Referring again to FIG. 3, in grid pattern 12, universal terminals 118 are arranged in columns 220. Columns 220 are in turn associated in pairs 222; in each pair 222, the two columns 220 are preferably 0.300" apart (preferred range 0.297" to 0.303"). Adjacent pairs 222 are preferably 0.100" apart (preferred range 0.097" to 0.103"). In each column 220, adjacent universal terminals 118 are preferably 0.100" apart (preferred range 0.097" to 0.103"), and are aligned (with corresponding universal terminals in the other columns 220) to form rows 224. Between each of the two columns 220 of each pair 222 is an intermediate column 226 having grounded plated-through holes 30, powered plated-through holes 28, grounded wire-wrap socket terminals 120 and powered wire-wrap socket terminals 122 arranged as shown. Each intermediate column 226 is spaced preferably 0.100" (preferred range 0.907" to 0.103") from one adjacent column 220 and preferably 0.200" (preferred range 0.197" to 0.203") from the other adjacent column 220. Alternate intermediate columns 226 have one arrangement of terminals and plated-through holes and the remaining intermediate columns 226 have a second arrangement as shown. The spacing between the columns 220 in each pair 222 is chosen to suit the pin spacing of conventional DIPs, while the spacing between pairs 222 is minimized to maximize the density of DIPs mounted on board 10.
The location of each intermediate columnn 226 and the locations of the powered and grounded wire-wrap socket terminals 120, 122 within each column 226 enable the mounting of discrete decoupling capacitors (not shown) oriented either in the direction of columns 220 or in the direction of rows 224; and a capacitor can be positioned immediately adjacent to any DIP mounted on board 10.
In fabricating board 10, glass epoxy core stock (faced on both sides with copper foil) becomes layer 24 with plates 16, 18. Plate 16 is imaged, printed and etched to form clearance holes 52; and plate 18 is imaged, printed and etched to form clearance holes 84. A second piece of glass epoxy core stock (faced on one side with copper foil) is laminated to plate 18 to form layer 26 and plate 20; and a third piece of glass epoxy core stock (faced on one side with copper foil) is laminated to plate 16 to form layer 22 and plate 14. Plates 14 and 20 are then imaged, printed and etched to form all of the holes 48, 54, 74, 82, 158, 160, and 164. The laminated assembly is then drilled through in the locations where the plated-through holes are to appear, using a drill having the same diameter as desired holes 50 and 72. The exposed copper portions of the laminated assembly are coated with an acid resistive substance, and the glass epoxy in the drilled holes is etched back to diameters 48 and 42, exposing parts of plates 14, 16, 18 and 20 around holes 48, 50, 72 and 74. The acid resist is removed and the holes are plated through. Socket terminal holes 154 are drilled through. The panel is imaged, printed and etched, and subjected to electroplating, ink screening and routing to final shape.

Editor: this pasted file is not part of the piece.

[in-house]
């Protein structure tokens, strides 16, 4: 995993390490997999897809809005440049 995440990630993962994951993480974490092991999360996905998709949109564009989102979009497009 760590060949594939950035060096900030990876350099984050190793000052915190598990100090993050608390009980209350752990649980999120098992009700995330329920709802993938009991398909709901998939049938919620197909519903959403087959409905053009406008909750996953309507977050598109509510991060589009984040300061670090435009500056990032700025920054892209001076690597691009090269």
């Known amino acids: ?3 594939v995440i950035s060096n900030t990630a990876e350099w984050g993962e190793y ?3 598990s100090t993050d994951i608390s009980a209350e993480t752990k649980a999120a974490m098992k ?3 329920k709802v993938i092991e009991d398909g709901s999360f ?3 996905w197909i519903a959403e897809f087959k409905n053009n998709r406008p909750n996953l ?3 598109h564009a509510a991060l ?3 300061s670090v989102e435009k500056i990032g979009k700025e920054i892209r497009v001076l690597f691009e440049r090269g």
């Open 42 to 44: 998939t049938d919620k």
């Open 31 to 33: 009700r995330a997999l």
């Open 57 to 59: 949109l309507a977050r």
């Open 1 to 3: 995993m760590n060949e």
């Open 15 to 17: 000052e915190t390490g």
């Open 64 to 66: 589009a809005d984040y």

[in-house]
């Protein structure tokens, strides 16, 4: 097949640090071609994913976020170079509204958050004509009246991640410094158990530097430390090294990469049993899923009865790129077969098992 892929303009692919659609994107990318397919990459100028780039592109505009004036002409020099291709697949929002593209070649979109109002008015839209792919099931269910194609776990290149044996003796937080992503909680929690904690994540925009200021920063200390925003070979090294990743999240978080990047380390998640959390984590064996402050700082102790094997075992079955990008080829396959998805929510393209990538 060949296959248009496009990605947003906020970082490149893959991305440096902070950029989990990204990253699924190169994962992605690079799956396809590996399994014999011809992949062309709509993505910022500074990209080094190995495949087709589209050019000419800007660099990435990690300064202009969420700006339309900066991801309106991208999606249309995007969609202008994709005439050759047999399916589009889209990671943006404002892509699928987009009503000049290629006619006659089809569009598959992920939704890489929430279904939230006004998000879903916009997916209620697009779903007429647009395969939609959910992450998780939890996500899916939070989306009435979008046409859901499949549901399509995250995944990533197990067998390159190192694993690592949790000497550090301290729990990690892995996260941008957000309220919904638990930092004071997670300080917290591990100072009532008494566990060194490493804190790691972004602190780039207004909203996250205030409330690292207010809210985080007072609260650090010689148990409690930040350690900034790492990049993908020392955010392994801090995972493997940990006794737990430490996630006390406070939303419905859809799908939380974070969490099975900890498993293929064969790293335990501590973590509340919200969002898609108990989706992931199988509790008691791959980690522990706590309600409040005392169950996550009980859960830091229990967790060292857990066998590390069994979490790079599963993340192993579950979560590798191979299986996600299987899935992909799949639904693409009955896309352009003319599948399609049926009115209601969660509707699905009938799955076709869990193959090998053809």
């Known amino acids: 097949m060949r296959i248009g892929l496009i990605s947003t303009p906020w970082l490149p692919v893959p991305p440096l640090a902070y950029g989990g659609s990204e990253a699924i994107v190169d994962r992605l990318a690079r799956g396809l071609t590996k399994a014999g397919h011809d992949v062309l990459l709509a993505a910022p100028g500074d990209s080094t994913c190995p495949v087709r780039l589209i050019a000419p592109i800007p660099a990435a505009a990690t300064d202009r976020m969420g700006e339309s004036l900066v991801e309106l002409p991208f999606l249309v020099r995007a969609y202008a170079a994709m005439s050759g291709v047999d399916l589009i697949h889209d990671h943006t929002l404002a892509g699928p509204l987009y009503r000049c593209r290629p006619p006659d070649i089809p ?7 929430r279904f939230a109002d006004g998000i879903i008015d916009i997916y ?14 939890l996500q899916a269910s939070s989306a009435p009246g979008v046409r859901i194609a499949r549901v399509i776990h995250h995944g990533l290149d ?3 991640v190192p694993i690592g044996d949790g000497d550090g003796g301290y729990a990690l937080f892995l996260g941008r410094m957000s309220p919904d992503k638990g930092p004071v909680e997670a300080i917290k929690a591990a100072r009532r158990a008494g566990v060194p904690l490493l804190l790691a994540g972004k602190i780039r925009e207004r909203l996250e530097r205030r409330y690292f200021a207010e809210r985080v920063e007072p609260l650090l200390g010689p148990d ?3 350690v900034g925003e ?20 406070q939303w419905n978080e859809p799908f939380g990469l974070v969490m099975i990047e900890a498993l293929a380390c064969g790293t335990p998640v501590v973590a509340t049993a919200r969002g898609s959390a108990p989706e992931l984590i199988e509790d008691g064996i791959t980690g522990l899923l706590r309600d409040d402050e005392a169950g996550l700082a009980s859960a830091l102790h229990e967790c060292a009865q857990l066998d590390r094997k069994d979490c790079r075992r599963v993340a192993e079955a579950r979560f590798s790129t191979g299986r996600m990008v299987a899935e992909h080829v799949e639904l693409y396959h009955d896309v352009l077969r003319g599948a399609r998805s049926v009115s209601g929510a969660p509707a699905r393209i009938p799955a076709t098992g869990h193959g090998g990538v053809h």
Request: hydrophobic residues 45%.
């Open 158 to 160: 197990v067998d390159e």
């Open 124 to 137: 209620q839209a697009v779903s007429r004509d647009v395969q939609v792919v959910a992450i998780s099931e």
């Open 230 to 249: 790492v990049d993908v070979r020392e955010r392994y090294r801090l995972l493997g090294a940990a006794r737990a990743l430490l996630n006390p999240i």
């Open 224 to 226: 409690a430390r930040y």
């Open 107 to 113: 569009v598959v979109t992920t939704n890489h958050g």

In use, DIPs and other components are mounted on the top of board 10 by inserting their leads into appropriately selected socket terminals 118, 120, 122, or are connected underneath board 10 by wrapping their leads around posts 132 of socket terminals 118, 120, 122. Wired connections between terminals 118, 120, 122 are made by wire-wrapping around posts 132. Voltage V is connected to plates 14, 18; plates 16, 20 are grounded.
Any component pin inserted in, or wire wrapped around any terminal 120 is automatically grounded; any component pin inserted in, or wire wrapped around, any terminal 122 is automatically powered at voltage V. In addition, any universal terminal 118 can be directly grounded or connected to voltage V by installing a soldered ring 172 or 170, respectively.
Other embodiments are within the following claims.
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|U.S. Classification||361/780, 439/444, 361/794, 174/262, 174/267, 439/109, 361/307|
|International Classification||H05K1/02, H05K3/46, H01R33/76, H05K1/00, H05K1/16, H01L23/52, H01R12/16, H05K3/22, H01R12/34|
|Cooperative Classification||H05K3/222, H05K2201/10287, H05K2201/10333, H05K1/0231, H05K3/4641, H05K1/162, H05K1/0287, H05K2201/0191, H05K2201/09609, H05K2201/09309|
|European Classification||H05K3/22A, H05K3/46B8|
|Jan 28, 1982||AS||Assignment|
Owner name: MUPAC CORPORATION, L10 MUPAC DRIVE, BROCKTON, MA.
Free format text: ASSIGNMENT OF ASSIGNORS INTEREST.;ASSIGNORS:LEARY, BURTON;SILVERIO, SHAUN;REEL/FRAME:003974/0559
Effective date: 19820122
|May 28, 1985||CC||Certificate of correction|
|Jan 15, 1988||FPAY||Fee payment|
Year of fee payment: 4
|Jul 13, 1992||FPAY||Fee payment|
Year of fee payment: 8
|Jul 15, 1996||FPAY||Fee payment|
Year of fee payment: 12
|Oct 4, 1999||AS||Assignment|
Owner name: FLEET NATIONAL BANK, MASSACHUSETTS
Free format text: SECURITY INTEREST;ASSIGNOR:CARLO GAVAZZI, INC.;REEL/FRAME:010281/0174
Effective date: 19990916
|Oct 28, 1999||AS||Assignment|
Owner name: FLEET NATIONAL BANK, MASSACHUSETTS
Free format text: SECURITY INTEREST;ASSIGNOR:CARLO GAVAZZI MUPAC, INC.;REEL/FRAME:010340/0682
Effective date: 19990930
|Jan 7, 2000||AS||Assignment|
Owner name: CARLO GAVAZZI, INC. (F/K/A MUPAC CORPORATION), MAS
Free format text: CHANGE OF NAME;ASSIGNOR:MUPAC CORPORATION;REEL/FRAME:010470/0874
Effective date: 19950331
|Oct 2, 2000||AS||Assignment|
Owner name: FLEET CAPITAL CORPORATION, MASSACHUSETTS
Free format text: ASSIGNMENT OF SECURITY AGREEMENT (PATENTS);ASSIGNOR:FLEET NATIONAL BANK;REEL/FRAME:011149/0391
Effective date: 20000921